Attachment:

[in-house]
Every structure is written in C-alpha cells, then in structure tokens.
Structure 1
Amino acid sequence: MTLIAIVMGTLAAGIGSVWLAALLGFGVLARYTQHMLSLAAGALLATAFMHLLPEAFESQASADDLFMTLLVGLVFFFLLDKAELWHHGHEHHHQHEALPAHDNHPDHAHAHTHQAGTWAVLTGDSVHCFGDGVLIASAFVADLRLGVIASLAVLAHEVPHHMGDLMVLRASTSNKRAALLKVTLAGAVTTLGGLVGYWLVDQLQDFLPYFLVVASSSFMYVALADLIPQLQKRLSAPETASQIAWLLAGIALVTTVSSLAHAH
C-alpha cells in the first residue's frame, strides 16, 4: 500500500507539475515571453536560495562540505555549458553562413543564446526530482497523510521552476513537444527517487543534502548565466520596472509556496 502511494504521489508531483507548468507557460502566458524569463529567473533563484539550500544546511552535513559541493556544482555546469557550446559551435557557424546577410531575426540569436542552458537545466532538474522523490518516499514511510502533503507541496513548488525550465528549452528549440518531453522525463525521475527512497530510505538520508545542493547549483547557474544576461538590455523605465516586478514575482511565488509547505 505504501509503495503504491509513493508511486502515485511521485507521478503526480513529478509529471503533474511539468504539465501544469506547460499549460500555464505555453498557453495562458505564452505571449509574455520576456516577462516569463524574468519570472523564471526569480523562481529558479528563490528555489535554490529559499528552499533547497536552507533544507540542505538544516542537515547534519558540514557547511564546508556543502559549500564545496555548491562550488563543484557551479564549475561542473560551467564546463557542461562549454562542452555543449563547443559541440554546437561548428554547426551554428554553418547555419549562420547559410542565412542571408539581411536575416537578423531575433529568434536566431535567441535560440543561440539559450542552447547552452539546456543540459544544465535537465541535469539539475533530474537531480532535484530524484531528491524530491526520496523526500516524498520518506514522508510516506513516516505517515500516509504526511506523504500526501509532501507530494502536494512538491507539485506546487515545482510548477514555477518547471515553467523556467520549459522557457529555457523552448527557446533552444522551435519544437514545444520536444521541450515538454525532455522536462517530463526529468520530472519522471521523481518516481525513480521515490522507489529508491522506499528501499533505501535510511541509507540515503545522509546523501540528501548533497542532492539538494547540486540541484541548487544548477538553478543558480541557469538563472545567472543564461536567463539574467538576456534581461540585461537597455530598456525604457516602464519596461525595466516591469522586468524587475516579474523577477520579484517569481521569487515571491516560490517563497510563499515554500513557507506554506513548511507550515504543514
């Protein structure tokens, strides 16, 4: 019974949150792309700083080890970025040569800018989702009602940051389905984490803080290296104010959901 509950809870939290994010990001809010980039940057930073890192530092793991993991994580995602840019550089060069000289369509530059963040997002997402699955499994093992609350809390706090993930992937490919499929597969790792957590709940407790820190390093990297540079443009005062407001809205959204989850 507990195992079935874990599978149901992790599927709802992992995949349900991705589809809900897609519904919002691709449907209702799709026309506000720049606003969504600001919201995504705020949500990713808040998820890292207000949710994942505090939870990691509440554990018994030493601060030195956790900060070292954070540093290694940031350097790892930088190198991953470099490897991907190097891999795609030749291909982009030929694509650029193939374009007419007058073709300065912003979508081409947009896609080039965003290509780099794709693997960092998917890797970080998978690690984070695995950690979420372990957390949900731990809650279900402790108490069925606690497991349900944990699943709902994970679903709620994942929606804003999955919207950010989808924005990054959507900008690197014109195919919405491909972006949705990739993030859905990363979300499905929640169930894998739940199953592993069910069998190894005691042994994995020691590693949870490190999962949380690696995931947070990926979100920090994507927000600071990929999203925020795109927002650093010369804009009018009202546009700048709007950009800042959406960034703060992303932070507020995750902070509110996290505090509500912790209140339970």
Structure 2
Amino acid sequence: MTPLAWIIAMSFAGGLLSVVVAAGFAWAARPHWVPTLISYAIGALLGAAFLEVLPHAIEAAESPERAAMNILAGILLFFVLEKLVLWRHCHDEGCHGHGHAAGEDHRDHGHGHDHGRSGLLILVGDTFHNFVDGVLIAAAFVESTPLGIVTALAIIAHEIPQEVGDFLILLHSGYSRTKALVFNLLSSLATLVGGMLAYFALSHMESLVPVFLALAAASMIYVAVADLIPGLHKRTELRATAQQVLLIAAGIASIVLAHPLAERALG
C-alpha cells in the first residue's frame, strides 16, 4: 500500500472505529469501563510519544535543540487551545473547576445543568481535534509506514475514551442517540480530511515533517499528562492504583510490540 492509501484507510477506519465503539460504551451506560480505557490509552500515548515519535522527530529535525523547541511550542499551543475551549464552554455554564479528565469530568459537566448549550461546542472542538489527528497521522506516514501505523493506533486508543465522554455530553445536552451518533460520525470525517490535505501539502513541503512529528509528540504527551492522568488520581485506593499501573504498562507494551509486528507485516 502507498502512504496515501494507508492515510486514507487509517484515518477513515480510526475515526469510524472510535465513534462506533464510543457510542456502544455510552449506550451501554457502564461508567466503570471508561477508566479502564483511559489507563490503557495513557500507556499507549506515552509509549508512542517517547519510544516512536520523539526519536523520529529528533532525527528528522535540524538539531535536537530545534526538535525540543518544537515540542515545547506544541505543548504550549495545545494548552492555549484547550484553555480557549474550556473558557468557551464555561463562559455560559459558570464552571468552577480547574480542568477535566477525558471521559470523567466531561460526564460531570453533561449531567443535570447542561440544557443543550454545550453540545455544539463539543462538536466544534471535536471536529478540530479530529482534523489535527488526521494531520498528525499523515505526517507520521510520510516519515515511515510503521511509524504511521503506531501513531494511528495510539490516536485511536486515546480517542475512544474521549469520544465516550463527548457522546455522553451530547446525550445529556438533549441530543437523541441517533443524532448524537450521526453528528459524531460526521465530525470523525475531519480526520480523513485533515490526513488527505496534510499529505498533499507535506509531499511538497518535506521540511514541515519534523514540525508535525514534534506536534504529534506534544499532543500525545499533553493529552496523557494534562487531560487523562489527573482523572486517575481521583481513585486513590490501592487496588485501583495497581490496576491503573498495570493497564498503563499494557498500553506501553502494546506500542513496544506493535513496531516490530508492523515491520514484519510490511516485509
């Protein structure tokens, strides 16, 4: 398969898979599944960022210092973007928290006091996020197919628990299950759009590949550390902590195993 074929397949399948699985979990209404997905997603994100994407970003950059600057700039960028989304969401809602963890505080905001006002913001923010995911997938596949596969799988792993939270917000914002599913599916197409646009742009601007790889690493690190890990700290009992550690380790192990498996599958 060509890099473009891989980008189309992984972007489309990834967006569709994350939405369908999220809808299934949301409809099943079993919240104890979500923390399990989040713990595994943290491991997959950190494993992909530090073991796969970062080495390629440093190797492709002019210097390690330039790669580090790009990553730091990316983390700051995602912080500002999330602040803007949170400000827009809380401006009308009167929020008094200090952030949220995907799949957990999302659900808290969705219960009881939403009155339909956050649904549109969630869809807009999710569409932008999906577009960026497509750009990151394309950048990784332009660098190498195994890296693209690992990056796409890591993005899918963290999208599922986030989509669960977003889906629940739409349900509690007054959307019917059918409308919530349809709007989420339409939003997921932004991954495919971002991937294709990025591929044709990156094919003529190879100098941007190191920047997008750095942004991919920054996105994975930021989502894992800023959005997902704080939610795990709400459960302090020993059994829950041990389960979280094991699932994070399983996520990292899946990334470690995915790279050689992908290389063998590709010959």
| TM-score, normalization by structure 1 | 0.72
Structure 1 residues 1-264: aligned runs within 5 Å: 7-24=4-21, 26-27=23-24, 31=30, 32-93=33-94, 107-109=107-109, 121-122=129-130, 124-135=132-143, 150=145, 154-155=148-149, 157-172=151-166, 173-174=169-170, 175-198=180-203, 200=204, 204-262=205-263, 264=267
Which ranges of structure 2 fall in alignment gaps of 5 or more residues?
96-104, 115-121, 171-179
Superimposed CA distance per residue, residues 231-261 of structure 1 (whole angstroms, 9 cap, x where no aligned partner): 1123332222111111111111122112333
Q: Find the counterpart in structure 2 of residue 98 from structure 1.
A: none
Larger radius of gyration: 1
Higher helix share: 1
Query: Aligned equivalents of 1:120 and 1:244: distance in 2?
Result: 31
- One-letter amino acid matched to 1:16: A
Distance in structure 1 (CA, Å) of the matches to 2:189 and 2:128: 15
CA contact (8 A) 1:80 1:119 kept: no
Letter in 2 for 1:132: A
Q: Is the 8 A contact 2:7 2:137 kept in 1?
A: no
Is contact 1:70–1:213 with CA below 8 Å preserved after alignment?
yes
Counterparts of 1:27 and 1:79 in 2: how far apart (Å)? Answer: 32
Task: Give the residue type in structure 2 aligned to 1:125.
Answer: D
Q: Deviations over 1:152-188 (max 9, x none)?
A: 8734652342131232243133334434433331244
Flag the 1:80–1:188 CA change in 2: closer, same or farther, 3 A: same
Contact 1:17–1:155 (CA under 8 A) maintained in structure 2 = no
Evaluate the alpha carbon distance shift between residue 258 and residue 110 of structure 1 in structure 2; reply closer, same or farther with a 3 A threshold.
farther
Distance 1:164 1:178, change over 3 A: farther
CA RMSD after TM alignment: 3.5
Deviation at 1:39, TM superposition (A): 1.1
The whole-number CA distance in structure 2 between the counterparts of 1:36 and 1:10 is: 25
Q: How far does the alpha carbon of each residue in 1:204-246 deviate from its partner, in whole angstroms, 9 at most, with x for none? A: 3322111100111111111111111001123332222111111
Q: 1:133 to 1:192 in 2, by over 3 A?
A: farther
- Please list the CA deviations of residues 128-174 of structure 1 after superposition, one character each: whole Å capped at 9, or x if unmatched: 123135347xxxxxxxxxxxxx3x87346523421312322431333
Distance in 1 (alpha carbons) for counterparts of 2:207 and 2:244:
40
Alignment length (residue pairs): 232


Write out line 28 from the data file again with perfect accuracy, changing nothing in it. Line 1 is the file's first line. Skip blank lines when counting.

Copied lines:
Is contact 1:70–1:213 with CA below 8 Å preserved after alignment?